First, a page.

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Burton: The King and the Virtuous Wife

[Go back to The Foolish Dominie]

A certain King once went forth in disguise, to look into the affairs of his lieges. Presently, he came to a great village which he entered unattended and being athirst, stopped at the door of a house and asked for water. There came out to him a fair woman with a gugglet, which she gave him, and he drank. When he looked at her, he was ravished with her and besought her favours. Now she knew him; so she led him into the house and, making him sit down, brought out a book and said to him, "Look therein whilst I order my affair and return to thee." So he looked into the book, and behold, it treated of the Divine prohibition against advoutry and of the punishments which Allah hath prepared for those who commit adulterous sin. When he read this, his flesh quaked and his hair bristled and he repented to Almighty Allah: then he called the woman and, giving her the book, went away. Now her husband was absent and when he returned, she told him what had passed, whereat he was confounded and said in himself, "I fear lest the King's desire have fallen upon her." And he dared not have to do with her and know her carnally after this. When some time had past, the wife told her kinsfolk of her husband's conduct, and they complained of him to the King, saying, "Allah advance the King! This man hired of us a piece of land for tillage, and tilled it awhile; then left it fallow and neither tilled it nor forsook it, that we might let it to one who would till it. Indeed, harm is come to the field, and we fear its corruption, for such land as that if it be not sown, spoileth." Quoth the King to the man, "What hindereth thee from sowing thy land?" Answered he, "Allah advance the King! It reached me that the lion entered the field wherefore I stood in awe of him and dared not draw near it, since knowing that I cannot cope with the lion, I stand in fear of him." The King understood the parable and rejoined, saying, "O man, the lion trod and trampled not thy land, and it is good for seed so do thou till it and Allah prosper thee in it, for the lion hath done it no hurt." Then he bade give the man and his wife a handsome present and sent them away. And amongst the stories is that of...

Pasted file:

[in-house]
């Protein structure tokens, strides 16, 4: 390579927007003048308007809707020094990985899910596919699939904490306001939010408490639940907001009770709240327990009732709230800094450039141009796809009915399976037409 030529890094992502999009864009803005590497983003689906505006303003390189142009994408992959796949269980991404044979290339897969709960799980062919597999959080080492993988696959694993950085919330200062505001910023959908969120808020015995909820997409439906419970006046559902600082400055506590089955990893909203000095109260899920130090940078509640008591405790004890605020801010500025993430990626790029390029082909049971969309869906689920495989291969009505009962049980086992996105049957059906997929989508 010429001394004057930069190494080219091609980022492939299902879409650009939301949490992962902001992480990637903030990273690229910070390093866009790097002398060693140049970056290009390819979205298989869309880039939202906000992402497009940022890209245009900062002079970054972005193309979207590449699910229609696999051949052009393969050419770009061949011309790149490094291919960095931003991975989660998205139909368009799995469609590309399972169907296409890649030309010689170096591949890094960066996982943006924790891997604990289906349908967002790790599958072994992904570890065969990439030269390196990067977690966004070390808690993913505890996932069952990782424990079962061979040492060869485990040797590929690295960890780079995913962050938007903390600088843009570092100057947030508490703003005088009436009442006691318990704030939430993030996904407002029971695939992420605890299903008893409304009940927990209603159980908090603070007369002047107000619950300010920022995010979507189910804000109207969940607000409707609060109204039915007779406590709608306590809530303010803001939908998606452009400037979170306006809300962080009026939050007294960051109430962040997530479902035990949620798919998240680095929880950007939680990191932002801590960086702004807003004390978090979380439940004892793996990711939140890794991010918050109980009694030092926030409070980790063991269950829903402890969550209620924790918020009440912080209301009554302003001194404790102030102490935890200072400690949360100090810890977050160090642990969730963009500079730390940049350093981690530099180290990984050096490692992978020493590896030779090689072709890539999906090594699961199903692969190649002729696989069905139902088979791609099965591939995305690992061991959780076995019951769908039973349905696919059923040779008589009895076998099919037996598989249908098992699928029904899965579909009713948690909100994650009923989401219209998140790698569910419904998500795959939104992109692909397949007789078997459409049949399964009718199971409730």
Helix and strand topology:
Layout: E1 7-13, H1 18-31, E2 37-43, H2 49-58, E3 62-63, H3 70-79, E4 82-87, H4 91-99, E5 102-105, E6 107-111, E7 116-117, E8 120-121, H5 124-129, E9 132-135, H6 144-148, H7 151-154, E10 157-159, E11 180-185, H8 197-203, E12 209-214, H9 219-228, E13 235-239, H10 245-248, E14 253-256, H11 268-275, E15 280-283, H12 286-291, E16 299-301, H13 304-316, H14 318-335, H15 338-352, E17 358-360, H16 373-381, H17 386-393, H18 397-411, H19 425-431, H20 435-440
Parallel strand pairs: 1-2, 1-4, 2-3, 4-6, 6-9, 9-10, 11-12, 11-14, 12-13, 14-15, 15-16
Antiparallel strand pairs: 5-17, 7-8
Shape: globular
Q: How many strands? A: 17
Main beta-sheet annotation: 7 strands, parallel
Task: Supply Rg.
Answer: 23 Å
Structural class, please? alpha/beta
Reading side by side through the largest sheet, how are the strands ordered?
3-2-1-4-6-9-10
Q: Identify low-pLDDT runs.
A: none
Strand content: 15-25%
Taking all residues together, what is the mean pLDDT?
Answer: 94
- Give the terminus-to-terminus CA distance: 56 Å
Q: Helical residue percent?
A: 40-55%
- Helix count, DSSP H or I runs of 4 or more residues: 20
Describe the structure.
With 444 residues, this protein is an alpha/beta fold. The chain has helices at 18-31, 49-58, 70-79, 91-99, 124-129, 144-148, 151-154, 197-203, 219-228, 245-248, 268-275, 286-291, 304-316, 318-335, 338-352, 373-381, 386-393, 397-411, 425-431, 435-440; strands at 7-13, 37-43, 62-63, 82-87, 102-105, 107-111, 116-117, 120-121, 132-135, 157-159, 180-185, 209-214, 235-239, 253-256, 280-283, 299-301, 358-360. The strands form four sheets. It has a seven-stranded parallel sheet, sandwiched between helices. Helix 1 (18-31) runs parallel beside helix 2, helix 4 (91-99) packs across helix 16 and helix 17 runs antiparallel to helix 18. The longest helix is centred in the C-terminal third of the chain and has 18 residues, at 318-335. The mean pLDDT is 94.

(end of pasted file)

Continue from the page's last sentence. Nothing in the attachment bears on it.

[Go to Abd Al-Rahman the Maghribi's Story of the Rukh]

Burton, Richard (1821-1890). The Book of the Thousand Nights and a Night. London. 1885-1888. Gutenberg Vol. I. Gutenberg Vol. II. Gutenberg Vol. III. Gutenberg Vol. IV. Gutenberg Vol. V. Gutenberg Vol. V. Gutenberg Vol. VII. Gutenberg Vol. VIII. Gutenberg Vol. IX. Gutenberg Vol. X. Please consult the Gutenberg edition for footnotes; the footnotes have not been included in this web version.

1001 Nights Hypertext. Laura Gibbs, Ph.D. This website is licensed under a Creative Commons License. The texts presented here are in the public domain. Thanks to Gene Perry for his excellent help in preparing the texts for the web. Page last updated: January 1, 2005 10:46 PM

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